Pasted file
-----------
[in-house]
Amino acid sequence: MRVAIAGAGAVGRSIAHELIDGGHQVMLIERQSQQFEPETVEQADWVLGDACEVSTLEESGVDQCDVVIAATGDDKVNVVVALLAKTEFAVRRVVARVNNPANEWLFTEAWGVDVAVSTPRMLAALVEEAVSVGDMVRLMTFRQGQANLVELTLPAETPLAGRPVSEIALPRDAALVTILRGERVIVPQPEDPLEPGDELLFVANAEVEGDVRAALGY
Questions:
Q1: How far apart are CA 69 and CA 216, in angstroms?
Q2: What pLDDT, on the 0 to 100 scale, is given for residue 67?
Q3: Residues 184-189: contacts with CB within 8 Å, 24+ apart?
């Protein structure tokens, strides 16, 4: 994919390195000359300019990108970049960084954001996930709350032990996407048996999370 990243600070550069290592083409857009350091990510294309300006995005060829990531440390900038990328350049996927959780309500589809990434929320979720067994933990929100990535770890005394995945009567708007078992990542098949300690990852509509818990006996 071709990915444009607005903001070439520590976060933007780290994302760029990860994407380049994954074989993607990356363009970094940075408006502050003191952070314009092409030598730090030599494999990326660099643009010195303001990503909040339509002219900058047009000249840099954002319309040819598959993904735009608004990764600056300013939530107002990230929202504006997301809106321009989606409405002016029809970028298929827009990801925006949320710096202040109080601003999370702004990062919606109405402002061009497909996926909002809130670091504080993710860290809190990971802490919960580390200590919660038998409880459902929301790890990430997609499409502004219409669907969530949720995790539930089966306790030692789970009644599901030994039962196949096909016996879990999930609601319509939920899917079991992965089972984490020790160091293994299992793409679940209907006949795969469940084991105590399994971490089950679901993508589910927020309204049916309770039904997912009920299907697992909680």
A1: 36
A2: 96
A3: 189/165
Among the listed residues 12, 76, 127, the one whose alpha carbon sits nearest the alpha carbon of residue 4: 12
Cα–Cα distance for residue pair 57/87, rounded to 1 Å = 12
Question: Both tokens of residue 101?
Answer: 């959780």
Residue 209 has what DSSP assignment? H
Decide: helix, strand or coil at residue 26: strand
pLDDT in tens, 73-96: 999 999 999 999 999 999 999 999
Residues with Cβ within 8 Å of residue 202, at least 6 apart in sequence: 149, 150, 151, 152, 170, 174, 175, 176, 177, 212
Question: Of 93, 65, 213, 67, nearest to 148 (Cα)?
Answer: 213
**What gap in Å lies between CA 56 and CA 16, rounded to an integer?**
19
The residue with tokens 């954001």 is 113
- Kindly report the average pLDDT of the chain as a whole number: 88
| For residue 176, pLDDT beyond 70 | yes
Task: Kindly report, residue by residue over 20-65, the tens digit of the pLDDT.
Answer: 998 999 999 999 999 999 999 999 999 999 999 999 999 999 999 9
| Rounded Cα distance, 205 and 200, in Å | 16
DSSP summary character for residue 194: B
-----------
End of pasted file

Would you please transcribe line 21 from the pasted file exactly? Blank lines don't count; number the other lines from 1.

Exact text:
**What gap in Å lies between CA 56 and CA 16, rounded to an integer?**